Now, since I have mentioned the dark ages, I suppose this is as good a time as any to make a confession. In the late sixties, inspired by the success of Fanny Hill, publishers turned their attentions to classical erotica. The very fact of their age gave these writings a cachet that made proving obscenity difficult, and it was not much of a problem to find experts willing to testify to their literary worth. Trouble was, there were only so many of these old gems lying about.

This fantastic cover design was done by Greenleaf Classics Design Director Harry Bremner.

Then one day I had much the same thought I had had a few years earlier, when I first started looking at these sexy pulps in a Hollywood book store: "By golly, I could do this." So I reread Fanny Hill, The Memoirs of Cesare Borgia and a bit of de Sade, and wrote Friar Peck and His Tale - by anonymous.

In a scholarly introduction, Douglas H. Gamlin, Ph.D. [Donald H. Gilmore, Ph.D.; see "The King of Somewhere Hot," by Earl Kemp, eI2, April 2002], compared the book to Spenser, Chaucer, et al, and hedged his bets by stating that writing suggests "deep research on the part of the author or, indeed, that the author did exist four hundred years ago."

Despite such a coy hint, Friar Peck quickly became accepted as an authentic piece of 16th century erotica, and still appears as such in book catalogs. So I did make a contribution to the literature of the Dark Ages, although I'm not quite old enough to have lived through them.

But I have once again digressed. It was the male body about which I was writing, and its virtual banishment in those Dark Ages. Well, heck, practically everything fun disappeared at that time, didn't it?

The body made a sort of a comeback with the Renaissance, but then things got worse with the Victorians. By this time masturbation had become an "illness," and the doctors of the time were wont to treat it with leeches. So, if your doctor asked how you felt about getting sucked, it wasn't an invitation to romance. Freud managed somehow to hang everything but the family wash from that convenient pole. The only good thing was he passed on the leeches, but nevertheless you were damned if you had one and damned if you didn't.

By the nineteen twenties and thirties, everyone had relaxed a bit. In the movie Ecstasy, Hedy Lamarr romped in the raw, and the Elmo Lincoln film version of Tarzan showed not one but two frontally nude Tarzans - an uncredited boy of twelve or thirteen and Elmo himself, both showing off their monkey business.

Of course, in no time at all, the Hayes Office had put a stop to that kind of show and tell, and once again we went back to considering our all-together as all together naughty. Or at least being told by those who supposedly knew better than we did ourselves that this was how we were supposed to consider it.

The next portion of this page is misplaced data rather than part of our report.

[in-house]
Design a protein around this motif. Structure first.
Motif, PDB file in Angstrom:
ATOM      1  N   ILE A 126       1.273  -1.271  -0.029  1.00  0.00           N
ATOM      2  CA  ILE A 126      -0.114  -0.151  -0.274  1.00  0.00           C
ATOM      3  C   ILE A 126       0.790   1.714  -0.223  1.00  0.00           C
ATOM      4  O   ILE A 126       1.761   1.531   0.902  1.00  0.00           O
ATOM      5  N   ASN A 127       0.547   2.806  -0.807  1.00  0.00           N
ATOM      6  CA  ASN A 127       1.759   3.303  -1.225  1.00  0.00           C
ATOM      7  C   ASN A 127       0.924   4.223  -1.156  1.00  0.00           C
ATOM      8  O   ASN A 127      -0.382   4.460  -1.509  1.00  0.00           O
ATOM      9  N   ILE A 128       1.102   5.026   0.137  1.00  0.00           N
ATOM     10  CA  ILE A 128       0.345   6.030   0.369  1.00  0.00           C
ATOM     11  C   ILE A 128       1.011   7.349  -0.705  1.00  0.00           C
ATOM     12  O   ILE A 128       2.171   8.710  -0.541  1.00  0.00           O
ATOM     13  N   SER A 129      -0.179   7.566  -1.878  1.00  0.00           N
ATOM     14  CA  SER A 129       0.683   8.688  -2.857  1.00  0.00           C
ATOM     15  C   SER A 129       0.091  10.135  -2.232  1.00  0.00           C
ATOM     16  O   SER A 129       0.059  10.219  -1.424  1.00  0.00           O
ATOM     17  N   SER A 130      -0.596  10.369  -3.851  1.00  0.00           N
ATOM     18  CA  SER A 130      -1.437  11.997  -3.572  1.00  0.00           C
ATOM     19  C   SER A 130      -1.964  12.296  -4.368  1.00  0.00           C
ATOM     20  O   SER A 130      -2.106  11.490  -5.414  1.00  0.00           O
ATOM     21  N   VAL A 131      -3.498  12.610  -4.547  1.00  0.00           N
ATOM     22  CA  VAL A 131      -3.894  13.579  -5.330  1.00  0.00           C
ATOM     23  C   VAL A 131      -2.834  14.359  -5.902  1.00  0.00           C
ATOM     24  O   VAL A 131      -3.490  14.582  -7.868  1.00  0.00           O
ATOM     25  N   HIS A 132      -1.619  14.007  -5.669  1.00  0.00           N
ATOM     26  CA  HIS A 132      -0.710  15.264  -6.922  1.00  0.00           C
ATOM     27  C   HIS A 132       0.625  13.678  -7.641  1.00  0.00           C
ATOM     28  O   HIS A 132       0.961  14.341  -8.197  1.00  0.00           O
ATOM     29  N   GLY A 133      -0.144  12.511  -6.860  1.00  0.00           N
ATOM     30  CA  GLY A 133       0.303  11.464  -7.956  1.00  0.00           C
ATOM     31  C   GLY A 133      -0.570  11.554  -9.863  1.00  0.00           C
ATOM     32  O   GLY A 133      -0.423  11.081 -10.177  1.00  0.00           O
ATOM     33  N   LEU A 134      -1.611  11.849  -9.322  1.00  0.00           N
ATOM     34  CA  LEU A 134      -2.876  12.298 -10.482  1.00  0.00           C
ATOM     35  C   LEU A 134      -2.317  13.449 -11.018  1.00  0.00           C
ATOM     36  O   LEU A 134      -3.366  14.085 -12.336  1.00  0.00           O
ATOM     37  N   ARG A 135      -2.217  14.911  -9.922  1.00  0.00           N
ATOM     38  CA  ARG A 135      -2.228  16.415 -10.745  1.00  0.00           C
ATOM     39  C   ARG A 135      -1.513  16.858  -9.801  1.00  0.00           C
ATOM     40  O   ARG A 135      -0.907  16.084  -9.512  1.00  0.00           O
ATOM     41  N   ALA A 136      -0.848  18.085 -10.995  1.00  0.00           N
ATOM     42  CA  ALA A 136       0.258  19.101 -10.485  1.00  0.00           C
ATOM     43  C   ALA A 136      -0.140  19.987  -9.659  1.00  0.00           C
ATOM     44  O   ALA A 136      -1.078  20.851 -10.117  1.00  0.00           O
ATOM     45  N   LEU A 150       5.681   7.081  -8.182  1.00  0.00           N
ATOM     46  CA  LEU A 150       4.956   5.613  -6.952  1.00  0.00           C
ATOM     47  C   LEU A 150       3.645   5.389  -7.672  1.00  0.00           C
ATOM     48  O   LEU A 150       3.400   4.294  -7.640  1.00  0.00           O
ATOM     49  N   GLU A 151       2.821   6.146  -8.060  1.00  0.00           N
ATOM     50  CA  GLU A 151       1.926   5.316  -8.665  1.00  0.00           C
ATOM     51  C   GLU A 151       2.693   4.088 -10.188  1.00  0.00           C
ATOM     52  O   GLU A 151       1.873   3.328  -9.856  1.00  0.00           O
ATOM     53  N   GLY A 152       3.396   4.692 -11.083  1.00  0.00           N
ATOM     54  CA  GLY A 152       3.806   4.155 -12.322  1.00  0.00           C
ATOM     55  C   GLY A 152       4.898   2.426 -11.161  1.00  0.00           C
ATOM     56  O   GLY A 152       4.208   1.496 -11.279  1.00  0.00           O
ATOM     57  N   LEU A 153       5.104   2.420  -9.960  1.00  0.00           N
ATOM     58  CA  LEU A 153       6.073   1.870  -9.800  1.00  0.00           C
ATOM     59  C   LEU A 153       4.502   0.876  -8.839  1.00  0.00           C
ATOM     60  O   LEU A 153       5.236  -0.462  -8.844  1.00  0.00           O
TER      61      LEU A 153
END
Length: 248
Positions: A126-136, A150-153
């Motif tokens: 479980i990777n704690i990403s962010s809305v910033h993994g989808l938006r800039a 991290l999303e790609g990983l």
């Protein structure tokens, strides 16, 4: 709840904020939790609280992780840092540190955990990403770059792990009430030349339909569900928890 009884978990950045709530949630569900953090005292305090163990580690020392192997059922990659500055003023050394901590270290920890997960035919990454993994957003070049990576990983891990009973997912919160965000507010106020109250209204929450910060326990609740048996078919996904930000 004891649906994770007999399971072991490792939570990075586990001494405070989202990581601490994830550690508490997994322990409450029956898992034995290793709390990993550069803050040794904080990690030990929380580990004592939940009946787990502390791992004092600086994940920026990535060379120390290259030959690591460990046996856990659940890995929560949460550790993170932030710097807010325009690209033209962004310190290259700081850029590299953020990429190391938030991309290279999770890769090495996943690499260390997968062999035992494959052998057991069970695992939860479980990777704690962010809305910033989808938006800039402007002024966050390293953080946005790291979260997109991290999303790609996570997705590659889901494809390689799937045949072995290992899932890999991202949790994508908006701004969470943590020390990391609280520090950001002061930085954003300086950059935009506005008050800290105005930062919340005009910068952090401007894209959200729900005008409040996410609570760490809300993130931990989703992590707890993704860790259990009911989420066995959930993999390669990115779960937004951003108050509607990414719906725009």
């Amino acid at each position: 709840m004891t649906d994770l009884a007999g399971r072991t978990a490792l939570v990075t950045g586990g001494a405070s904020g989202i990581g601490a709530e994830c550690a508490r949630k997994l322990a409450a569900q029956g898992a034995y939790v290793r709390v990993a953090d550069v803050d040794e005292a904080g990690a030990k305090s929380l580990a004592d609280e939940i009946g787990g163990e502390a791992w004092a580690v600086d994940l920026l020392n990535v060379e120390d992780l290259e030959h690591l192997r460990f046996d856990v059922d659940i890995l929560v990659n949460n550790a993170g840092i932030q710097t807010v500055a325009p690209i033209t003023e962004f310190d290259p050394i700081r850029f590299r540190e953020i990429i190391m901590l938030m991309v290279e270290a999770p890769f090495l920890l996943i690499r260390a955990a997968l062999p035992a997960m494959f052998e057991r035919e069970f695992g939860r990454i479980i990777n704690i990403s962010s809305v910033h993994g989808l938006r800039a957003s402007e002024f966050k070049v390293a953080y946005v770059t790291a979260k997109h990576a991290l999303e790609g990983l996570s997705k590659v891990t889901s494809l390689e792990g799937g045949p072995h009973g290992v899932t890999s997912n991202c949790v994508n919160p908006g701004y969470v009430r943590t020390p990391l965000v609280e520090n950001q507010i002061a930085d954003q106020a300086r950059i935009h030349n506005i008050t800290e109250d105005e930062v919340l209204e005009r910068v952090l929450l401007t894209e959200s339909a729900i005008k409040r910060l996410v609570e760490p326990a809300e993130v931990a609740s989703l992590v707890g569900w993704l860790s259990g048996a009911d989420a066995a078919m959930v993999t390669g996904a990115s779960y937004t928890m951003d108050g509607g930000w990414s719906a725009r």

The point I am making here is that male nudity has had a confusing history. The ancient Greeks showed their women tastefully draped while the boys got to show it all. Somewhere along the way, that got completely switched about, so that by the fifties and the sixties, female nudity had become mostly acceptable to the watchdogs of our morality, but it was still a no-no to show the boys hanging around.

In the early sixties, Bruce of Los Angeles - otherwise known as Bruce Bella, who asserted that any man could be persuaded to pose naked in return for a few of the pictures - had the ingenious idea of picturing fully nude males with a posing strap or bathing suit painted on in water soluble paint. Thus the pictures as mailed to you were not nude, and when you had them at hand you need only run them under the faucet in the privacy of your kitchen and voila, the meat is delivered, so to speak. Unfortunately, you were left with some peculiar wrinkles just where you were expected to burst into, "Mine eyes have seen the glory."

Anyway, the postal people weren't amused. Bruce actually spent time driving around the country peddling his wares from the trunk of his car, and so avoiding the postal system altogether for a while, but there were plenty of other watchdogs determined to keep us safe from the visual threat of Mister Woodie.

In 1964 Conrad Germain and Lloyd Spinnar, the owners of DSI, a mail order operation based in Minneapolis, decided to set Mister Woodie free and began mailing full frontal nude photos without any painted panties to mute the Hallelujah chorus. There was certainly nothing sleazy about their products, high quality photography printed on top grade paper, much of it in book form, bound in faux leather and interspersed with educational or amusing articles - as, for instance, my "Johns I Have Known and Loved," a collection of restroom graffiti.

It was predictable that Lloyd and Conrad would go to trial for their daring, and something of a surprise that they won their case. For the first time, the courts had conceded that male nudity was not in and of itself obscene.

Things were changing. We were there in all our glory - well, not all our glory, the question of the stand-up model still waited to be resolved, but we had gone from doing it in the dark to doing it in the light, and from covering it up to showing it all.